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Post by CS1775 » Mon Jun 24, 2019 7:05 am

Say someone really enjoys constitutional law. How does someone specialize in it and practice in the field?

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Re: ConLaw

Post by Hennessy » Fri Jun 28, 2019 4:41 pm

become a professor of constitutional law

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Re: ConLaw

Post by Nony » Fri Jun 28, 2019 4:43 pm

Criminal involves a ton of con law, actually.

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Re: ConLaw

Post by ymmv » Fri Jun 28, 2019 4:45 pm

Depending how broadly you define con law, virtually any civil or criminal lit practice will wind up touching on it at various points. At a big firm probably the most direct path to working on Bill of Rights type issues is going to be through pro bono, if that’s what you’re referring to (though like nony said crim stuff in general is especially heavy on it). Nonprofit orgs like the ACLU do first amendment all day. Regulatory practices and cases involve tons of technically constitutional agency deference issues, for example.

No one “specializes” in “the whole constitution” except maybe niche Supreme Court appellate practices.

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Re: ConLaw

Post by BlendedUnicorn » Fri Jun 28, 2019 5:54 pm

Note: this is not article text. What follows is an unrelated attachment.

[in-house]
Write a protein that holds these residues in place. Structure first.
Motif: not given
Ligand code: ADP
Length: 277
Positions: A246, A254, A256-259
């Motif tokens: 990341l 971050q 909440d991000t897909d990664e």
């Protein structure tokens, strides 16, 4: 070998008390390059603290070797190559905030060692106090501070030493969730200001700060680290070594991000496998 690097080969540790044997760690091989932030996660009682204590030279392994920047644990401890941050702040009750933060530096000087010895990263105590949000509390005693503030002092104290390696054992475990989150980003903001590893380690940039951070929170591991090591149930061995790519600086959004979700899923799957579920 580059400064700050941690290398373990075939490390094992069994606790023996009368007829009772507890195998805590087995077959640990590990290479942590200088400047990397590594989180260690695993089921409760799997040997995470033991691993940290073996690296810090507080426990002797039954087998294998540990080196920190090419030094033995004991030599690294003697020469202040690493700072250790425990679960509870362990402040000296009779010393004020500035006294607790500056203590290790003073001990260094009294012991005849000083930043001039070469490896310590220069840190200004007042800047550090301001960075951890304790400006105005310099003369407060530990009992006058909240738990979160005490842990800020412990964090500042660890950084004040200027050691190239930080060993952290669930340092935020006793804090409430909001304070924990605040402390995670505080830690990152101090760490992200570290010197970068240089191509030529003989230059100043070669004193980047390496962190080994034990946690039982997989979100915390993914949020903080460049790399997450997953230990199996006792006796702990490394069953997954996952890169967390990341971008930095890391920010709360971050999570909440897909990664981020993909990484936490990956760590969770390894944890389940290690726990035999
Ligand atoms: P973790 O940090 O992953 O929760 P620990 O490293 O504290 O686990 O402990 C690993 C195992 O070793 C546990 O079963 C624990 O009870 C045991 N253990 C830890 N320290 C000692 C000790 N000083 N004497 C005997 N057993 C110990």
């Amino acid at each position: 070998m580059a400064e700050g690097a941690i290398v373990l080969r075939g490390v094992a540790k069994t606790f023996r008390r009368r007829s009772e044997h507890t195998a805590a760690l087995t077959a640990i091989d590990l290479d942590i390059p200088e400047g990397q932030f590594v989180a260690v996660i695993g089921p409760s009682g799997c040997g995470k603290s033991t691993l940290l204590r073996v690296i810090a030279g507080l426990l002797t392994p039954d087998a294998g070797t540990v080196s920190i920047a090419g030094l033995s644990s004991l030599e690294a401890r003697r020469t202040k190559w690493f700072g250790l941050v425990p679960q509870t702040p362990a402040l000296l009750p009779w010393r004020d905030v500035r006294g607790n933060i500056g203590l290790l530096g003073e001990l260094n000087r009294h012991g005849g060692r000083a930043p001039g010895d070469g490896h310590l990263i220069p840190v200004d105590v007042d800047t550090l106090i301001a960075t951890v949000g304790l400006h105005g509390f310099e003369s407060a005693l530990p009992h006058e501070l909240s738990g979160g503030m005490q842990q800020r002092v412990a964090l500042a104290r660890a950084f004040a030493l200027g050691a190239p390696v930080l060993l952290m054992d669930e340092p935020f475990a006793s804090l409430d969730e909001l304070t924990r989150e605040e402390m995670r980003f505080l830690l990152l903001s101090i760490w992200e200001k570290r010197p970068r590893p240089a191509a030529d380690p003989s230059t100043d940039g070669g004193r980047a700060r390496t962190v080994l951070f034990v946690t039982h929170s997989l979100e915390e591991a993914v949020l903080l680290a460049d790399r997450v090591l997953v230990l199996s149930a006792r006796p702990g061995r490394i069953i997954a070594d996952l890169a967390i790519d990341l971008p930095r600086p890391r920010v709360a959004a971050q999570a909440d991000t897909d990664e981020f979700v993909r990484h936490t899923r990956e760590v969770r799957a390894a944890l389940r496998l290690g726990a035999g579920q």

It's generally background in litigation type stuff. Like federal or state rules of evidence aren't really ConLaw, but the Confrontation Clause looms over a lot of potential disputes. Or you'll have a Miranda issue in a criminal case but also a ton of other issues. You're probably more likely to spend more time on constitutional issues in any sort of appellate practice, because at the trial court level they're usually a small part of a much broader picture.

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Re: ConLaw

Post by Alpha » Tue Jul 16, 2019 3:58 pm

My guess was going to be crim law (scooped by Nony), with a specialty in appellate criminal practice/procedure. I can't think of any other even vaguely recognized niche practice group that would argue purely constitutional law issues as much as that.

Obviously, there is probably someone out there that handles pure con law issues for a big firm or something, like a one-person specialist, but nothing like a practice group or something a young associate could primarily focus on in general lit practice.

Ohh - also, yeah, advocacy work at a non-profit either as a a job or pro bono may also get you there (acknowledging ymmv's solid contribution above).

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Re: ConLaw

Post by Adso » Sun Aug 04, 2019 1:28 pm

Criminal law, particularly criminal defense, and more so if you do both state and federal work. I only have a few years experience and have argued so much con law, not just search and seizure but prisoner rights, immigration rights, freedom of speech, freedom of religion, cruel and unusual punishment (a loser, but hey), and a whole slew of due process violations. If you love con law you can't go wrong practicing criminal law.

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Re: ConLaw

Post by Nebby » Mon Aug 12, 2019 10:20 pm

Not reading rest of thread (sorry if this was already said): State Solicitor General offices. They generally handle all con law cases involving challenges to state law.

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